Aurora, CO - On March 22, residents of the Sable Altura Chambers community in Aurora, Colo., won a four-month-long struggle to keep Sable Elementary School from being shut down by the Aurora Public Schools Board of Education. This grassroots struggle, its members made up primarily of parents and teachers, has called into question the true motives behind the BOE’s “Blueprint APS initiative” and the decision to close Sable Elementary. Blueprint APS is a plan created by Aurora Public Schools Superintendent Rico Munn that aims to consolidate and repurpose multiple public schools in Aurora due to what Munn refers to as “changing enrollment trends.” Blueprint APS divides Aurora into seven geographical regions.
This facility is used during the day up until 9:00 p.m. as a warming shelter when the temperatures are dangerously low. However, with the night low expected to be 10 degrees Thursday into Friday, community members are taking matters into their own hands. “If the City will not open the Recreation Centers for this life or death need, we will just have to do it ourselves. We are here to keep this public Recreation Center open to the public so unhoused neighbors can stay here tonight to survive this weather.” With Denver’s homeless shelters full during the below freezing nights, people who are seeking a warm place indoors have no available options. The organizers of Thursday’s action point out in their press release that “the City has an existing contract with Bayaud Enterprises to run a pop up emergency shelter at Recreation Centers in extreme winter cold,” but that they never used it.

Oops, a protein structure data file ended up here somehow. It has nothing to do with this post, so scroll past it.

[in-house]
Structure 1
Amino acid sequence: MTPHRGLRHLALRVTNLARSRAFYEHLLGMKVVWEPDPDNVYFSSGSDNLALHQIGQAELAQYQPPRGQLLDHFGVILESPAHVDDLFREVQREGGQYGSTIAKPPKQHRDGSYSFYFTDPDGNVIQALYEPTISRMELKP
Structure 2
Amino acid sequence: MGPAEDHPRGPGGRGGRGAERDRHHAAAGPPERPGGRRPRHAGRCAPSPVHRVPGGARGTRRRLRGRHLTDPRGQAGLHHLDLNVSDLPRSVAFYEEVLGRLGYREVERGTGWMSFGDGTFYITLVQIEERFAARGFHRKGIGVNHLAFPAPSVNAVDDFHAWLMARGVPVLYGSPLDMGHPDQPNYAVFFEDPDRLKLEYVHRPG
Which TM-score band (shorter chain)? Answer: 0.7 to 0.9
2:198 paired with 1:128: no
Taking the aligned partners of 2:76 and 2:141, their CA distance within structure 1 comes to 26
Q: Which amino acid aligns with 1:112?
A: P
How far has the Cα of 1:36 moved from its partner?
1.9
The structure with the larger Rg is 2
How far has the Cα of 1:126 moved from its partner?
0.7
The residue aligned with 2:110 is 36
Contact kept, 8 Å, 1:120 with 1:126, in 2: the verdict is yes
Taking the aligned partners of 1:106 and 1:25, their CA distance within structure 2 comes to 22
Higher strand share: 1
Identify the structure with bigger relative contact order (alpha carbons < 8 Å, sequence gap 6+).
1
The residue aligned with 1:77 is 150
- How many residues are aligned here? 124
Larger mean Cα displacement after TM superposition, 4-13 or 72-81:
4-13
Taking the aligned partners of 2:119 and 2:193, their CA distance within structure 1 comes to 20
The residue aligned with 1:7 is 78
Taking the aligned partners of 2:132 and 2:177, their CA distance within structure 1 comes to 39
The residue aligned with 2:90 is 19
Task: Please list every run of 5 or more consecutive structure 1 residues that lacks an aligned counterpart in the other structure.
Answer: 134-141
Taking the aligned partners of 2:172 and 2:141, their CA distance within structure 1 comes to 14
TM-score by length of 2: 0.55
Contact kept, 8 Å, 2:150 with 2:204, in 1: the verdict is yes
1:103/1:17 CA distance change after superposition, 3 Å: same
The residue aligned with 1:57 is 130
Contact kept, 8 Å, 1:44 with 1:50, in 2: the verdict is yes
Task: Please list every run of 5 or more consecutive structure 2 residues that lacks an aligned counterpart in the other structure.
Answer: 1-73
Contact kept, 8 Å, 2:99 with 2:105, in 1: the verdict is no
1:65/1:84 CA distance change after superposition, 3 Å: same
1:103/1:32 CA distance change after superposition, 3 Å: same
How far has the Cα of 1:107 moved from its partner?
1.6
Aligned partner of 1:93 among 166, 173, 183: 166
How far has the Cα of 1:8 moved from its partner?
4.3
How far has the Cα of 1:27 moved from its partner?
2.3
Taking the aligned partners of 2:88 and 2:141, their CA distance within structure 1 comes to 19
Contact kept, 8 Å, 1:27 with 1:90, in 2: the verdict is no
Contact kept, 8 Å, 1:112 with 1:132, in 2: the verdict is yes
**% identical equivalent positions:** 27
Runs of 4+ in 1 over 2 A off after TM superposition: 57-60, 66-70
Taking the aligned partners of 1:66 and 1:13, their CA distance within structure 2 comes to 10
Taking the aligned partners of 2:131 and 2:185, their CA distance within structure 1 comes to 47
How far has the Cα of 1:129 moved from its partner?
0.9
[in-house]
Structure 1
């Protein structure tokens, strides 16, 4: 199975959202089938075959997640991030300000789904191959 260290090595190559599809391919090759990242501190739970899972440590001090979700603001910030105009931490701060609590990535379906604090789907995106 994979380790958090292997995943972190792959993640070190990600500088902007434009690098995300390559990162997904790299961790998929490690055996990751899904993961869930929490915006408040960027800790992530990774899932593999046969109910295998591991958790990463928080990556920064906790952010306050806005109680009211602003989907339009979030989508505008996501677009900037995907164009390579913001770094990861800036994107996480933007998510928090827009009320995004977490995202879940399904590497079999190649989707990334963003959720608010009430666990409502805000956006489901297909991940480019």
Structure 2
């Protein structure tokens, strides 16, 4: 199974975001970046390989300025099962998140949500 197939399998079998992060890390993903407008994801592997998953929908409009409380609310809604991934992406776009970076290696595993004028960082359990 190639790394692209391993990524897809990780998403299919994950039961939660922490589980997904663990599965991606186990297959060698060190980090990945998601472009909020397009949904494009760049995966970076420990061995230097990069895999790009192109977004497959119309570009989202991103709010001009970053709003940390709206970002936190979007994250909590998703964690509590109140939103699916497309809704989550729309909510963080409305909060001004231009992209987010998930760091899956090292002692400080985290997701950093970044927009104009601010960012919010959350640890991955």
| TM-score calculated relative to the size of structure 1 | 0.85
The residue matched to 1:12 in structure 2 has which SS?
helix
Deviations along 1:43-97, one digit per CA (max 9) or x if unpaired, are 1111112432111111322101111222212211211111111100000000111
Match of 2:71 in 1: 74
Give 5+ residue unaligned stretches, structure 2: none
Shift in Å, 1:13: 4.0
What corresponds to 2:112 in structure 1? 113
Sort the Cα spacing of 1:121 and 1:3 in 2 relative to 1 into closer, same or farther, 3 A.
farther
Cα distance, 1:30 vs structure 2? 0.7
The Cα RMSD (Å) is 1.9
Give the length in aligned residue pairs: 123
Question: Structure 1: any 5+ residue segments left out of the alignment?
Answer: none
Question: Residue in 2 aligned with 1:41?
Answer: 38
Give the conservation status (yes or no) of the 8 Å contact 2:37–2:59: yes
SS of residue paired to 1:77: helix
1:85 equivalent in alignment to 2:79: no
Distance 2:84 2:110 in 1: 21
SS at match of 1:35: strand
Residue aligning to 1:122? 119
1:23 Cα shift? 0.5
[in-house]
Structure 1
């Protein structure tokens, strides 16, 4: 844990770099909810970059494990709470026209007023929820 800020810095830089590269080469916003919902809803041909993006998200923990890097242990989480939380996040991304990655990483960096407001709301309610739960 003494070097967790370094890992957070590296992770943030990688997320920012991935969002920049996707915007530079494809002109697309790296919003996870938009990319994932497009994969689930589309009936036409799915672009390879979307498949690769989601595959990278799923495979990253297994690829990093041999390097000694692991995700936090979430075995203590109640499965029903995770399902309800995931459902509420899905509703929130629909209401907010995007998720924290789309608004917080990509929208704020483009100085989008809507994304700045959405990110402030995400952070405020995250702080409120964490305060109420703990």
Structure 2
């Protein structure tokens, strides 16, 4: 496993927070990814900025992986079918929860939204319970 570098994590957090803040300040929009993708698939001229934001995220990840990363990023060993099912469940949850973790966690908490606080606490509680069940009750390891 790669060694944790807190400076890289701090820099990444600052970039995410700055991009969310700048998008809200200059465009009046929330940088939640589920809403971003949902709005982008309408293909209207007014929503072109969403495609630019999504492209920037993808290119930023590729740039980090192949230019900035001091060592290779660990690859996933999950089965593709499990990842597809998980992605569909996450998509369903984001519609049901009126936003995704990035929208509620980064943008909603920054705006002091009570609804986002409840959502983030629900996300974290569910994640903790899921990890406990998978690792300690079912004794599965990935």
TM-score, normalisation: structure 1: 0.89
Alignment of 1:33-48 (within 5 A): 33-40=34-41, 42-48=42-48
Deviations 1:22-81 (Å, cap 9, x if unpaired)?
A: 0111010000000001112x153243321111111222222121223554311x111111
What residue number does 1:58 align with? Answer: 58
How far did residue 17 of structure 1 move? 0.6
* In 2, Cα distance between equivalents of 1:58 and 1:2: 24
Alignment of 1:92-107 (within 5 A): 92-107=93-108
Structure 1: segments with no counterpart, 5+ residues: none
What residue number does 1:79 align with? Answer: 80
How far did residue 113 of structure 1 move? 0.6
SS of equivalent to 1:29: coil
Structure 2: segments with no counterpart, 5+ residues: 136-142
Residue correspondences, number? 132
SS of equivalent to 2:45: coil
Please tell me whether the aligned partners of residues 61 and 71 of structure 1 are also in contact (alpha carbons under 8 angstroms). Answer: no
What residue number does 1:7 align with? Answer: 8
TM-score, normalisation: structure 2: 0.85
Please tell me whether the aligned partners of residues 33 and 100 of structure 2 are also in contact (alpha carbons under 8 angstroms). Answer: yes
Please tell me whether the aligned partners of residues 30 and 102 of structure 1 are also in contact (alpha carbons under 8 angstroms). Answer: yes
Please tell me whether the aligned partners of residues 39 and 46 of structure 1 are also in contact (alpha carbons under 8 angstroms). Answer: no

A group of natural gas companies and utilities in Colorado formed a front group to oppose the state’s push towards electrifying homes and businesses, spreading misinformation about the cost of electric heating while also promoting false solutions to lock in the ongoing use of natural gas. The group, “Coloradans for Energy Access,” is made up of a coalition of gas companies, real estate interests, utilities, and other energy trade associations, including Atmos Energy, American Public Gas Association, and the Consumer Energy Alliance. Announcing its formation in an op-ed in the Colorado Sun, Coloradans for Energy Access decried what it calls “forced electrification,” a reference to a growing movement in Colorado and around the country to discourage or prohibit natural gas connections in newly constructed homes and commercial buildings in an effort to slash greenhouse gas emissions.